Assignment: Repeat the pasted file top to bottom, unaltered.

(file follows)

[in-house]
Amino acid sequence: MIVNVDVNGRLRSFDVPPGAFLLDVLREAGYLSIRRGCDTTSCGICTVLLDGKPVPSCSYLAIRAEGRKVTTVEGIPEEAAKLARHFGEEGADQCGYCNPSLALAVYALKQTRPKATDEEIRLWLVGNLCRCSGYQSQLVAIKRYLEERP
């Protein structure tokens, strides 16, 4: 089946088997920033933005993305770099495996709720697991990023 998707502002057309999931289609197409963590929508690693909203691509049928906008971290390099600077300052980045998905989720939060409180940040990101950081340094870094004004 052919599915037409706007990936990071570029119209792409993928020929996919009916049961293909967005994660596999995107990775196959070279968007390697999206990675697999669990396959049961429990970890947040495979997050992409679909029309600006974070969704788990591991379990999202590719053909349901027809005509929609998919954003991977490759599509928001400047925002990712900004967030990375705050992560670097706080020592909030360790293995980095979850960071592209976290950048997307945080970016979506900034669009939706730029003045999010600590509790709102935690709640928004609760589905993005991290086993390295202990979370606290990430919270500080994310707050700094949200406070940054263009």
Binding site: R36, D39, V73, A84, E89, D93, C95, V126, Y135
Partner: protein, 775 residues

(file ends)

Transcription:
[in-house]
Amino acid sequence: MIVNVDVNGRLRSFDVPPGAFLLDVLREAGYLSIRRGCDTTSCGICTVLLDGKPVPSCSYLAIRAEGRKVTTVEGIPEEAAKLARHFGEEGADQCGYCNPSLALAVYALKQTRPKATDEEIRLWLVGNLCRCSGYQSQLVAIKRYLEERP
């Protein structure tokens, strides 16, 4: 089946088997920033933005993305770099495996709720697991990023 998707502002057309999931289609197409963590929508690693909203691509049928906008971290390099600077300052980045998905989720939060409180940040990101950081340094870094004004 052919599915037409706007990936990071570029119209792409993928020929996919009916049961293909967005994660596999995107990775196959070279968007390697999206990675697999669990396959049961429990970890947040495979997050992409679909029309600006974070969704788990591991379990999202590719053909349901027809005509929609998919954003991977490759599509928001400047925002990712900004967030990375705050992560670097706080020592909030360790293995980095979850960071592209976290950048997307945080970016979506900034669009939706730029003045999010600590509790709102935690709640928004609760589905993005991290086993390295202990979370606290990430919270500080994310707050700094949200406070940054263009």
Binding site: R36, D39, V73, A84, E89, D93, C95, V126, Y135
Partner: protein, 775 residues